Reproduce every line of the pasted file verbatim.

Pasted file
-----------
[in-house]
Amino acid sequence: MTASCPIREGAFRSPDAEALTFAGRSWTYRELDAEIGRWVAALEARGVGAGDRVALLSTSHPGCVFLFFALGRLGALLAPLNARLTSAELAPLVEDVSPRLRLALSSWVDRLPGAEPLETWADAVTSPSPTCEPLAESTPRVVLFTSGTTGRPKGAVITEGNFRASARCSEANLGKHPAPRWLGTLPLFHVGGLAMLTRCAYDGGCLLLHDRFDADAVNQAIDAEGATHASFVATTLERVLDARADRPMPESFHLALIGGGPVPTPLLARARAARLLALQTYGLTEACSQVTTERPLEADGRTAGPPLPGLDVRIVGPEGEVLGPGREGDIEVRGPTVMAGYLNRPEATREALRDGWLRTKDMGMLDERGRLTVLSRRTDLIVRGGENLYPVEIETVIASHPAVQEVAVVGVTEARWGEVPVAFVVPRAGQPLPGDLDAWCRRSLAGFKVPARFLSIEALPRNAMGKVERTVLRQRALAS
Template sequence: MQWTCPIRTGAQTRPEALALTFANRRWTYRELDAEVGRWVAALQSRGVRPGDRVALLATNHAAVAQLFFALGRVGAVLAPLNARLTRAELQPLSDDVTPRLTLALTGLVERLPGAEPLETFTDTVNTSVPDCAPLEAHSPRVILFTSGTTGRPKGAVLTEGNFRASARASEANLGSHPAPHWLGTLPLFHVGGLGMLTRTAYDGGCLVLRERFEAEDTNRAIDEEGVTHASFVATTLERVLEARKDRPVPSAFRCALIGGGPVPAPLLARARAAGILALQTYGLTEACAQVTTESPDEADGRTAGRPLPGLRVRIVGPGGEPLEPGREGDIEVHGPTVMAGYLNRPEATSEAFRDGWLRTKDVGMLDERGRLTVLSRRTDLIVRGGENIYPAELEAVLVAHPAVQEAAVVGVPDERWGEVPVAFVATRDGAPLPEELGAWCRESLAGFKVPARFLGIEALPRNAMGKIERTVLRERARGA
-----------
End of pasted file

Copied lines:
[in-house]
Amino acid sequence: MTASCPIREGAFRSPDAEALTFAGRSWTYRELDAEIGRWVAALEARGVGAGDRVALLSTSHPGCVFLFFALGRLGALLAPLNARLTSAELAPLVEDVSPRLRLALSSWVDRLPGAEPLETWADAVTSPSPTCEPLAESTPRVVLFTSGTTGRPKGAVITEGNFRASARCSEANLGKHPAPRWLGTLPLFHVGGLAMLTRCAYDGGCLLLHDRFDADAVNQAIDAEGATHASFVATTLERVLDARADRPMPESFHLALIGGGPVPTPLLARARAARLLALQTYGLTEACSQVTTERPLEADGRTAGPPLPGLDVRIVGPEGEVLGPGREGDIEVRGPTVMAGYLNRPEATREALRDGWLRTKDMGMLDERGRLTVLSRRTDLIVRGGENLYPVEIETVIASHPAVQEVAVVGVTEARWGEVPVAFVVPRAGQPLPGDLDAWCRRSLAGFKVPARFLSIEALPRNAMGKVERTVLRQRALAS
Template sequence: MQWTCPIRTGAQTRPEALALTFANRRWTYRELDAEVGRWVAALQSRGVRPGDRVALLATNHAAVAQLFFALGRVGAVLAPLNARLTRAELQPLSDDVTPRLTLALTGLVERLPGAEPLETFTDTVNTSVPDCAPLEAHSPRVILFTSGTTGRPKGAVLTEGNFRASARASEANLGSHPAPHWLGTLPLFHVGGLGMLTRTAYDGGCLVLRERFEAEDTNRAIDEEGVTHASFVATTLERVLEARKDRPVPSAFRCALIGGGPVPAPLLARARAAGILALQTYGLTEACAQVTTESPDEADGRTAGRPLPGLRVRIVGPGGEPLEPGREGDIEVHGPTVMAGYLNRPEATSEAFRDGWLRTKDVGMLDERGRLTVLSRRTDLIVRGGENIYPAELEAVLVAHPAVQEAAVVGVPDERWGEVPVAFVATRDGAPLPEELGAWCRESLAGFKVPARFLGIEALPRNAMGKIERTVLRERARGA